It’s no secret that there are not many women working in the private equity industry. When you look among the ranks of senior dealmakers, however, women are almost entirely missing.
Two promotions last month indicate that this severe imbalance is gradually tilting. In London, GMT Communications Partners announced that Natalie Tydeman was made partner, bringing the number of partners in the media-focused firm to five (Tydeman is the only woman among them).
The number of female associates, vice presidents and principles on deal teams grows each year and this means that more partner-level appointments are still to come, no doubt accompanied by women-led spin-outs.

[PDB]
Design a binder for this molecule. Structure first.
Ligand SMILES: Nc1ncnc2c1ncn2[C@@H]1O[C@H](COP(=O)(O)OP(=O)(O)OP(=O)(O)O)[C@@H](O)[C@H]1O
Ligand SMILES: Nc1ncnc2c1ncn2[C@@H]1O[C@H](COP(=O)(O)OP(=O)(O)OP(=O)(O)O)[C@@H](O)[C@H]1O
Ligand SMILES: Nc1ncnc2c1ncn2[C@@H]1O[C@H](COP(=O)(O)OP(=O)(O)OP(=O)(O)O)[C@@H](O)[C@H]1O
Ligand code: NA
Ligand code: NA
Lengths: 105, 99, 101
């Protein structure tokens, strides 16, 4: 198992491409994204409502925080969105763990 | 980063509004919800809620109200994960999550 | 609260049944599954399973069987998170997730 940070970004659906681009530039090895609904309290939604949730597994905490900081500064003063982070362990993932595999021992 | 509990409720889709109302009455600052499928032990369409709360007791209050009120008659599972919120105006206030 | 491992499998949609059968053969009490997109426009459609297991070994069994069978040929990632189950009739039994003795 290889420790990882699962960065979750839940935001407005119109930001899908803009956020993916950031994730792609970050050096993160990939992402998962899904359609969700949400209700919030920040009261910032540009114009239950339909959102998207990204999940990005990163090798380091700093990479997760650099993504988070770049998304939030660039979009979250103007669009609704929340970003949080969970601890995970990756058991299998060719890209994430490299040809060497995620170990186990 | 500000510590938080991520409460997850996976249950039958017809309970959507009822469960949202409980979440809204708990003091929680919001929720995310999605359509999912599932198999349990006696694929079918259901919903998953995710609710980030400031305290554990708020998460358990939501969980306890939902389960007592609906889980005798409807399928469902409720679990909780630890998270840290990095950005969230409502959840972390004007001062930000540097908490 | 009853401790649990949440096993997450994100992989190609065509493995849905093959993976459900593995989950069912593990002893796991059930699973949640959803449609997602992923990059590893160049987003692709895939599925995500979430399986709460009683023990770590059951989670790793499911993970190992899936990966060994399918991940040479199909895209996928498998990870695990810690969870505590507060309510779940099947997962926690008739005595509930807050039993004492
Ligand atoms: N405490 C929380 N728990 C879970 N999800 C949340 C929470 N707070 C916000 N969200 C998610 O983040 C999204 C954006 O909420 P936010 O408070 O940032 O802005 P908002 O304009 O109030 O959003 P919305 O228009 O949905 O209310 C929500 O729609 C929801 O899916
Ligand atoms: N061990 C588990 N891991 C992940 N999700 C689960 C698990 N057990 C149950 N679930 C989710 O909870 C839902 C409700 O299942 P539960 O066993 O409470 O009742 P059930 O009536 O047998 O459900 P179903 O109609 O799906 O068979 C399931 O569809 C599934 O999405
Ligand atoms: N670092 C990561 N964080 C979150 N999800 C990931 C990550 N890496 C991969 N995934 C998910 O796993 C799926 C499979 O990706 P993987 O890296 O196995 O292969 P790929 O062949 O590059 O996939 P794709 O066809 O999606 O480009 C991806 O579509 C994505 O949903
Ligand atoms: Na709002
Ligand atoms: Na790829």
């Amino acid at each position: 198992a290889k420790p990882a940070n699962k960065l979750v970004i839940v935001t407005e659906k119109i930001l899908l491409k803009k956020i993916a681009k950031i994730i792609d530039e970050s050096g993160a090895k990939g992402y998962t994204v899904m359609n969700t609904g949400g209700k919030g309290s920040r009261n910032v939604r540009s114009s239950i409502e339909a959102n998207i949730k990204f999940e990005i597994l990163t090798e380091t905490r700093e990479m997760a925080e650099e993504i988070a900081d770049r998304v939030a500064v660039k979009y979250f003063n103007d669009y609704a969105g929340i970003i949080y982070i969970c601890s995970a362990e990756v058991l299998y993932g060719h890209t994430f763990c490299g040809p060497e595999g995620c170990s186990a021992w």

The trend is meaningful but has a way to go, including at the largest firms. In 2005, The Carlyle Group hired two women as partner level dealmakers: Karen Bechtel, the head of the firm’s global healthcare group; and Sandra Horbach, a managing director in the consumer and retail sectors. Of 128 Carlyle managing directors, there are six women. However, Bechtel and Horbach are the only two women among Carlyle’s dealmaking private equity managing directors.